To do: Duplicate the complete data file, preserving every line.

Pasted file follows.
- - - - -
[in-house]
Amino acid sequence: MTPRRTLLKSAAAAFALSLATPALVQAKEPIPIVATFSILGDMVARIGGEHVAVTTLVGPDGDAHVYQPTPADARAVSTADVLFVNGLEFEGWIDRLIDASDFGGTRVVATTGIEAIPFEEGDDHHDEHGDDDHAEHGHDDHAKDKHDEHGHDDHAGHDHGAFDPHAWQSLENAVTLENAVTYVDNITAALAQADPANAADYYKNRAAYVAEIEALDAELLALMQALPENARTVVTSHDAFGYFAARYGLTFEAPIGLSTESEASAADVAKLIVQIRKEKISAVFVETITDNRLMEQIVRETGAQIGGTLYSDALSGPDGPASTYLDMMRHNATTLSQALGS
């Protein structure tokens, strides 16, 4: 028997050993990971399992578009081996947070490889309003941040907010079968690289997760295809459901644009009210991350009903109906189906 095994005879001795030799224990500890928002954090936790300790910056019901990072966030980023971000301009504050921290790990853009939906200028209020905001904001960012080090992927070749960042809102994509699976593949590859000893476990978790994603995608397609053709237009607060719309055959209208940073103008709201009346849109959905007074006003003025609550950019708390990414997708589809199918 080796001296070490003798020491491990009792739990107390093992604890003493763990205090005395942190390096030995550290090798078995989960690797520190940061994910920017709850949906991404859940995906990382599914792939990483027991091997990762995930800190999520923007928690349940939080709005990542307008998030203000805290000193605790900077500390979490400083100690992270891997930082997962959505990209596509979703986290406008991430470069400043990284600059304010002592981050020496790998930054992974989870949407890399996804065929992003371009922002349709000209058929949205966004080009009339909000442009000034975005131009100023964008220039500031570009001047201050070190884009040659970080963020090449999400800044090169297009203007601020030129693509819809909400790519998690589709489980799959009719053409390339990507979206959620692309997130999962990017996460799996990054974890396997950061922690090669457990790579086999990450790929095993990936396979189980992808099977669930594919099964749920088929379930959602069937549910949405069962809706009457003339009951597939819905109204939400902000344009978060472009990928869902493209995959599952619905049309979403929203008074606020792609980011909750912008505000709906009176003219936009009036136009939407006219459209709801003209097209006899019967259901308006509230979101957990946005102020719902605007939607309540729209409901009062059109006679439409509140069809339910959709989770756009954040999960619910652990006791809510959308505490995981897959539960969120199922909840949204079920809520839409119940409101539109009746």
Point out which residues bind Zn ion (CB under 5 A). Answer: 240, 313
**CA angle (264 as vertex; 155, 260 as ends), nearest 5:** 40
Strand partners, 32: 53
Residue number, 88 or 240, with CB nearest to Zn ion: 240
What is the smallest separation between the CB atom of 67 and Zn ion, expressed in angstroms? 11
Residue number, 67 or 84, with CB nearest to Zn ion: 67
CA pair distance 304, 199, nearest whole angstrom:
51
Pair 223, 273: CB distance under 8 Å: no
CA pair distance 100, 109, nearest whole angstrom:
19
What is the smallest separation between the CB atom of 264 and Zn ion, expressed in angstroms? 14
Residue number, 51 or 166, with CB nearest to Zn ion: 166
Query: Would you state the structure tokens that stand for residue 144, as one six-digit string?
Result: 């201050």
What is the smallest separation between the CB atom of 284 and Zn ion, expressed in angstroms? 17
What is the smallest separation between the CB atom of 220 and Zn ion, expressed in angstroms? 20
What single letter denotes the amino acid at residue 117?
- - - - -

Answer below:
[in-house]
Amino acid sequence: MTPRRTLLKSAAAAFALSLATPALVQAKEPIPIVATFSILGDMVARIGGEHVAVTTLVGPDGDAHVYQPTPADARAVSTADVLFVNGLEFEGWIDRLIDASDFGGTRVVATTGIEAIPFEEGDDHHDEHGDDDHAEHGHDDHAKDKHDEHGHDDHAGHDHGAFDPHAWQSLENAVTLENAVTYVDNITAALAQADPANAADYYKNRAAYVAEIEALDAELLALMQALPENARTVVTSHDAFGYFAARYGLTFEAPIGLSTESEASAADVAKLIVQIRKEKISAVFVETITDNRLMEQIVRETGAQIGGTLYSDALSGPDGPASTYLDMMRHNATTLSQALGS
């Protein structure tokens, strides 16, 4: 028997050993990971399992578009081996947070490889309003941040907010079968690289997760295809459901644009009210991350009903109906189906 095994005879001795030799224990500890928002954090936790300790910056019901990072966030980023971000301009504050921290790990853009939906200028209020905001904001960012080090992927070749960042809102994509699976593949590859000893476990978790994603995608397609053709237009607060719309055959209208940073103008709201009346849109959905007074006003003025609550950019708390990414997708589809199918 080796001296070490003798020491491990009792739990107390093992604890003493763990205090005395942190390096030995550290090798078995989960690797520190940061994910920017709850949906991404859940995906990382599914792939990483027991091997990762995930800190999520923007928690349940939080709005990542307008998030203000805290000193605790900077500390979490400083100690992270891997930082997962959505990209596509979703986290406008991430470069400043990284600059304010002592981050020496790998930054992974989870949407890399996804065929992003371009922002349709000209058929949205966004080009009339909000442009000034975005131009100023964008220039500031570009001047201050070190884009040659970080963020090449999400800044090169297009203007601020030129693509819809909400790519998690589709489980799959009719053409390339990507979206959620692309997130999962990017996460799996990054974890396997950061922690090669457990790579086999990450790929095993990936396979189980992808099977669930594919099964749920088929379930959602069937549910949405069962809706009457003339009951597939819905109204939400902000344009978060472009990928869902493209995959599952619905049309979403929203008074606020792609980011909750912008505000709906009176003219936009009036136009939407006219459209709801003209097209006899019967259901308006509230979101957990946005102020719902605007939607309540729209409901009062059109006679439409509140069809339910959709989770756009954040999960619910652990006791809510959308505490995981897959539960969120199922909840949204079920809520839409119940409101539109009746």
Point out which residues bind Zn ion (CB under 5 A). Answer: 240, 313
**CA angle (264 as vertex; 155, 260 as ends), nearest 5:** 40
Strand partners, 32: 53
Residue number, 88 or 240, with CB nearest to Zn ion: 240
What is the smallest separation between the CB atom of 67 and Zn ion, expressed in angstroms? 11
Residue number, 67 or 84, with CB nearest to Zn ion: 67
CA pair distance 304, 199, nearest whole angstrom:
51
Pair 223, 273: CB distance under 8 Å: no
CA pair distance 100, 109, nearest whole angstrom:
19
What is the smallest separation between the CB atom of 264 and Zn ion, expressed in angstroms? 14
Residue number, 51 or 166, with CB nearest to Zn ion: 166
Query: Would you state the structure tokens that stand for residue 144, as one six-digit string?
Result: 């201050």
What is the smallest separation between the CB atom of 284 and Zn ion, expressed in angstroms? 17
What is the smallest separation between the CB atom of 220 and Zn ion, expressed in angstroms? 20
What single letter denotes the amino acid at residue 117?